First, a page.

On April 23rd, the Supreme Court (SCOTUS) heard oral arguments on the issue of credit bidding that has been discussed on Distressed Debt Investing a number of times: Credit Bidding and the Supreme Court and Advanced Distressed Debt Lessons: Credit Bidding. Credit bidding is relevant to distressed debt investors for a number of reasons and can swing who gets what (most importantly, the fulcrum security) in a Chapter 11 proceeding. With the contrary rulings in the Seventh Circuit as compared to the Fifth Circuit and Third Circuit (probably the most famous for distressed investors: Philly News), it was a matter of time before SCOTUS took the issue up. Some have called this the most important business bankruptcy case in nearly 15 years.
For those that would like to see the transcript of the hearing, which is a fascinating (but complex) reading, can find it here: SCOTUS Hearing Transcript re Credit Bidding
The case at issue specifically in from of the Court is RadLax Gateway Hotel, LLC v Amalgamated Bank. In the case the Seventh Circuit ruled with Amalgamated Bank that River Road bankruptcy case (Northern District of Illinois) could not be confirmed because it did not allow Amalgamated Bank to credit bid its claim. River Road argued that because Amalgamated Bank was receiving "indubitable equivalent" value of its collateral (a term not defined in the code) it did not need to be allowed to credit bid. The bankruptcy court shot this down quickly. The Debtors appealed and the Seventh Circuit ruled with the bankruptcy court, specifically pointing out in their ruling they disagreed with the rulings in the Fifth and Third Circuit.
For those that do not know, an amicus brief is information offered to the court by a non-party in the case. For the SCOTUS hearing, an amicus brief was filed, in support of the secured creditor's position (i.e credit bidding should be allowed), by an impressive group including the LSTA, the American Bankers Association, Mortgage Banks Association, to just to name a few. In addition, the United States filed an amicus brief in support of lenders position.
A favorite point of mine in the United State's amicus brief: "
The ability of a federal agency to bid cash is therefore strictly circumscribed by the scope of its congressional appropriation. But because federal law also requires the United States to take a lien on collateral when it extends certain kinds of loans, the United States is often a secured creditor in bankruptcy proceedings...If the United States and federal agencies are unable to bid cash at the sale of their collateral due to a lack of appropriated funds, and are prevented from exercising their statutory right to credit bid, the auction price of such asset would be depressed, and the United States would ultimately receive less value for its security interests"The LSTA, in a press release stated:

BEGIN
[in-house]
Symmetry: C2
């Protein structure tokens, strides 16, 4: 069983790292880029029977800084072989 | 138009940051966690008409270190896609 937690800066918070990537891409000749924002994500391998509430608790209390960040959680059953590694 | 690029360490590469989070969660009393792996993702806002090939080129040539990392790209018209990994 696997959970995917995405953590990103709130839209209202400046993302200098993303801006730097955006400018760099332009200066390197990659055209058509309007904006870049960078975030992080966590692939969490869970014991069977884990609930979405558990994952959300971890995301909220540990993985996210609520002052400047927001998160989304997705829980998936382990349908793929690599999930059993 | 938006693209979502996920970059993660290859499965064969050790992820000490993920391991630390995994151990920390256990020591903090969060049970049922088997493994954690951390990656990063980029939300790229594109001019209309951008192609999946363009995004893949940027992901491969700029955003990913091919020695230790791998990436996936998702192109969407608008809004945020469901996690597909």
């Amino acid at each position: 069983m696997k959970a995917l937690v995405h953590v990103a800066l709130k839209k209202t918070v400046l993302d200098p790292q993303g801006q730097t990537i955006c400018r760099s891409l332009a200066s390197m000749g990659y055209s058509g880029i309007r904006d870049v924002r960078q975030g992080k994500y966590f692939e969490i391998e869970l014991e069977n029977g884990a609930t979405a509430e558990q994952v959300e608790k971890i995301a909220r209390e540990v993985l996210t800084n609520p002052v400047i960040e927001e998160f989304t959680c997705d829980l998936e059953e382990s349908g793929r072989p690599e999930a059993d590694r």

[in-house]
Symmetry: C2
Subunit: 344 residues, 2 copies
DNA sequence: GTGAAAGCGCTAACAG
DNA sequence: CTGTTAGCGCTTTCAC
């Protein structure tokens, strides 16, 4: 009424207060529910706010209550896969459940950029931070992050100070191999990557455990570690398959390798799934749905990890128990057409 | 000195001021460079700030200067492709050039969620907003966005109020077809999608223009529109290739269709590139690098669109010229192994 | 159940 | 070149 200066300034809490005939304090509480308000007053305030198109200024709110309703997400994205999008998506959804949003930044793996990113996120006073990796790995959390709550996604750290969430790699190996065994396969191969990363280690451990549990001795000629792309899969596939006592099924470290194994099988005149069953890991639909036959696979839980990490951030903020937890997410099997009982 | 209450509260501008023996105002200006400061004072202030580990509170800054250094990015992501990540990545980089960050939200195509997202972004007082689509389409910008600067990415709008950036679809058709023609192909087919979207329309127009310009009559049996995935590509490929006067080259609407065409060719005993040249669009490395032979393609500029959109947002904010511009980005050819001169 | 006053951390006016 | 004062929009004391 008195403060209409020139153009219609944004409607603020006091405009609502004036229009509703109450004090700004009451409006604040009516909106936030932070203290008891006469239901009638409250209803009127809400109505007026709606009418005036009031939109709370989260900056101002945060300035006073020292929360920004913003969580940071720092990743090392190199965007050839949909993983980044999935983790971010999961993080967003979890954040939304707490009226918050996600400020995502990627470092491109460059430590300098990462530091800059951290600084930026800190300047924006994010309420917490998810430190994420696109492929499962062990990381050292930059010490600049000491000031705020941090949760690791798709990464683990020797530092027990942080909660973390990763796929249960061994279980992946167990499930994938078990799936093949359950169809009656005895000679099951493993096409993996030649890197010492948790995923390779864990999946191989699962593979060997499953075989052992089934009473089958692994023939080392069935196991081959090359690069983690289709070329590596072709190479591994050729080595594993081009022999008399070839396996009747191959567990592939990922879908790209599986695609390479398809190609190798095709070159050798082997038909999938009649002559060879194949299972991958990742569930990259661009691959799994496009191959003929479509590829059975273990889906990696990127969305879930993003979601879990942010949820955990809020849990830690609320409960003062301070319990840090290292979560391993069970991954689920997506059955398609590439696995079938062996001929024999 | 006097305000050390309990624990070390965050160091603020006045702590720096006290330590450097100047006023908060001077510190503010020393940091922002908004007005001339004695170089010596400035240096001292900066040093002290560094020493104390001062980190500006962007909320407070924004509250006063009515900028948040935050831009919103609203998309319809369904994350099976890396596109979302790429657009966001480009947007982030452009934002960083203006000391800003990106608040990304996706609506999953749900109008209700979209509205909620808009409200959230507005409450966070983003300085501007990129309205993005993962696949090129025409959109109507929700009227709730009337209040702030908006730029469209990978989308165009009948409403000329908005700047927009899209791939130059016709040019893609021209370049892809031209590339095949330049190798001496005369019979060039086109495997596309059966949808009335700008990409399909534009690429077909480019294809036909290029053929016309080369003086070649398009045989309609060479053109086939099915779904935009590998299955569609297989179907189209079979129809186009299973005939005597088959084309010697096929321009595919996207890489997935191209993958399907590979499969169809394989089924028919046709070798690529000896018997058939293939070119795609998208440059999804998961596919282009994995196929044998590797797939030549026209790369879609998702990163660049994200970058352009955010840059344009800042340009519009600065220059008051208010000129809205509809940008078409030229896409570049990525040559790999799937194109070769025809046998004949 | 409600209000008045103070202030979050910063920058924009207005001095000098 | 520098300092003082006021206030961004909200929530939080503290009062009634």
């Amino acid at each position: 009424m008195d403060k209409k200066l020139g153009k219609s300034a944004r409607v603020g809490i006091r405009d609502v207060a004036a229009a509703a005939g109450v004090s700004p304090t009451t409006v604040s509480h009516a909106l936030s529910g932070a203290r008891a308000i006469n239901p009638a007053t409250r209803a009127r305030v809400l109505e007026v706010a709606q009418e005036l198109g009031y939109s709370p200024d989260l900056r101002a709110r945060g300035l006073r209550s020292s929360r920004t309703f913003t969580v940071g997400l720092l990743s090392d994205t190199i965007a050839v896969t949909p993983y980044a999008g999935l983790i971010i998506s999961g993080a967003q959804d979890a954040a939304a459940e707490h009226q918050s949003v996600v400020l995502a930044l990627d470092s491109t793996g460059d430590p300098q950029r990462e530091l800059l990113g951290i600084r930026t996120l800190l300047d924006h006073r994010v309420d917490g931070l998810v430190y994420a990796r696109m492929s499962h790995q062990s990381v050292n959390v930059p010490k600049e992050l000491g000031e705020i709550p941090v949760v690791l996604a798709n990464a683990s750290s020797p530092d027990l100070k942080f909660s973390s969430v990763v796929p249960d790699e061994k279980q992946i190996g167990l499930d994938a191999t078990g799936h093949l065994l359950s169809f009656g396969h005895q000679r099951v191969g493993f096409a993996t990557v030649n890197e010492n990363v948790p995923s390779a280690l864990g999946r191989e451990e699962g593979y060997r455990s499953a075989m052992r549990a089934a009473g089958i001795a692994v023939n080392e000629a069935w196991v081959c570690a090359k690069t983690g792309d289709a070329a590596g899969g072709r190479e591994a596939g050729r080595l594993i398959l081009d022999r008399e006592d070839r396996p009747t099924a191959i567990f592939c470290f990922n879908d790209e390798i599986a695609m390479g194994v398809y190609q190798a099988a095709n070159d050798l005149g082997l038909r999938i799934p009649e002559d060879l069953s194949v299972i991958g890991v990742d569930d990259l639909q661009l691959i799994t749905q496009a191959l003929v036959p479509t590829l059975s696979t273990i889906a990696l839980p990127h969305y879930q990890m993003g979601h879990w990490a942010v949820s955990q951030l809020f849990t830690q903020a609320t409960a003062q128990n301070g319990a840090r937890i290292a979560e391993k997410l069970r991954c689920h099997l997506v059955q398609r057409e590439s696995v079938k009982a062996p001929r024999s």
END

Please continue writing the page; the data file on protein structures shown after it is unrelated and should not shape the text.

"The Loan Syndications and Trading Association, joined by nine other trade associations, submitted an amicus brief to the US Supreme Court in the RadLAX Gateway Hotel case, arguing that secured creditors cannot be prevented from “credit bidding” in an auction of their collateral in a “cram down” plan of reorganization. The LSTA argues that credit bidding is a critical tool for protecting a secured creditor from having its collateral undervalued. If the creditor is not satisfied with the competing bids, it can obtain the property by bidding more, using the amount of its unpaid debt as currency in the auction.
"In this case, the debtors are attempting to steer the collateral to a bidder with insider ties at a substantial discount at the expense of the secured creditor," commented Elliot Ganz, Executive Vice President and General Counsel of the LSTA. "The Bank-ruptcy Code is specifically designed to prevent this type of mischief and ensure that secured creditors get the value they are entitled to receive."While its always hard to tell which way the court will rule, the transcript reads like SCOTUS is leaning towards the lenders position, with debtors counsel taking a bit of a flaying by most of the 8 judges present (Kennedy had recused himself). A world without credit bidding would completely flip upside down what I had been taught to view bankruptcy (i.e. loan to own works because the credit bid has significant leveraging power) and distressed investing. If I had to make a bet, I'd say that management teams of Chapter 11 debtors would rather not have credit bids: i.e. you create the equity at a lower valuation (all else being equal) because lenders will rarely cash bid anywhere near their credit bid (good money after bad). I'd expect we'd hear back soon from SCOTUS on the case. This has been a fascinating one to watch over the past few years.